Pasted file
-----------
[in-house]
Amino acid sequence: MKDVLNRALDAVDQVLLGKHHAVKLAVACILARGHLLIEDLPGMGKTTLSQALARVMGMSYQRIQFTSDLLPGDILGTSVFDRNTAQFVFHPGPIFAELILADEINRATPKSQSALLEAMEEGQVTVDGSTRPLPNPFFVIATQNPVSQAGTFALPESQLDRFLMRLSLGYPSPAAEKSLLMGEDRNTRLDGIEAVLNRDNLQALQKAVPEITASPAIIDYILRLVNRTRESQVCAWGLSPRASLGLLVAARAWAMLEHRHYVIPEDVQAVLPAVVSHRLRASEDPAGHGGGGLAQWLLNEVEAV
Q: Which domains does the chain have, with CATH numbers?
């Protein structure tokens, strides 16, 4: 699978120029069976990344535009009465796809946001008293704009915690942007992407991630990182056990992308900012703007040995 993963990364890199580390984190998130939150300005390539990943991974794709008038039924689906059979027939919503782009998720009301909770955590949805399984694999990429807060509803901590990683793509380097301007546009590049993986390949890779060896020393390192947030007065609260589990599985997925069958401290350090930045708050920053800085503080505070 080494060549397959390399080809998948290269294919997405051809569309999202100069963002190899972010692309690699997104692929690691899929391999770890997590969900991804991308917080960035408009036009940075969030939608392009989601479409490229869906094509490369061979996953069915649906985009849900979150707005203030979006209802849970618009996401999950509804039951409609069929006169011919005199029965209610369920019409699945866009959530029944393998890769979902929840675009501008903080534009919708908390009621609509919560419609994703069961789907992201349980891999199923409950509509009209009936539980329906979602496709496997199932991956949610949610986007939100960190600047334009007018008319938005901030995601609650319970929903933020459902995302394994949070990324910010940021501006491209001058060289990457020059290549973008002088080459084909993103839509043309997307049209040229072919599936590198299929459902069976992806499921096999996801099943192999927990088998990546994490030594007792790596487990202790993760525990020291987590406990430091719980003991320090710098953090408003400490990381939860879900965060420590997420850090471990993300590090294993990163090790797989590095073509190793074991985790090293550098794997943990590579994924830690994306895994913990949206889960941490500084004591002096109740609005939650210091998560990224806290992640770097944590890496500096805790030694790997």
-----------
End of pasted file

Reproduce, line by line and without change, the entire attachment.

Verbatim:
[in-house]
Amino acid sequence: MKDVLNRALDAVDQVLLGKHHAVKLAVACILARGHLLIEDLPGMGKTTLSQALARVMGMSYQRIQFTSDLLPGDILGTSVFDRNTAQFVFHPGPIFAELILADEINRATPKSQSALLEAMEEGQVTVDGSTRPLPNPFFVIATQNPVSQAGTFALPESQLDRFLMRLSLGYPSPAAEKSLLMGEDRNTRLDGIEAVLNRDNLQALQKAVPEITASPAIIDYILRLVNRTRESQVCAWGLSPRASLGLLVAARAWAMLEHRHYVIPEDVQAVLPAVVSHRLRASEDPAGHGGGGLAQWLLNEVEAV
Q: Which domains does the chain have, with CATH numbers?
């Protein structure tokens, strides 16, 4: 699978120029069976990344535009009465796809946001008293704009915690942007992407991630990182056990992308900012703007040995 993963990364890199580390984190998130939150300005390539990943991974794709008038039924689906059979027939919503782009998720009301909770955590949805399984694999990429807060509803901590990683793509380097301007546009590049993986390949890779060896020393390192947030007065609260589990599985997925069958401290350090930045708050920053800085503080505070 080494060549397959390399080809998948290269294919997405051809569309999202100069963002190899972010692309690699997104692929690691899929391999770890997590969900991804991308917080960035408009036009940075969030939608392009989601479409490229869906094509490369061979996953069915649906985009849900979150707005203030979006209802849970618009996401999950509804039951409609069929006169011919005199029965209610369920019409699945866009959530029944393998890769979902929840675009501008903080534009919708908390009621609509919560419609994703069961789907992201349980891999199923409950509509009209009936539980329906979602496709496997199932991956949610949610986007939100960190600047334009007018008319938005901030995601609650319970929903933020459902995302394994949070990324910010940021501006491209001058060289990457020059290549973008002088080459084909993103839509043309997307049209040229072919599936590198299929459902069976992806499921096999996801099943192999927990088998990546994490030594007792790596487990202790993760525990020291987590406990430091719980003991320090710098953090408003400490990381939860879900965060420590997420850090471990993300590090294993990163090790797989590095073509190793074991985790090293550098794997943990590579994924830690994306895994913990949206889960941490500084004591002096109740609005939650210091998560990224806290992640770097944590890496500096805790030694790997």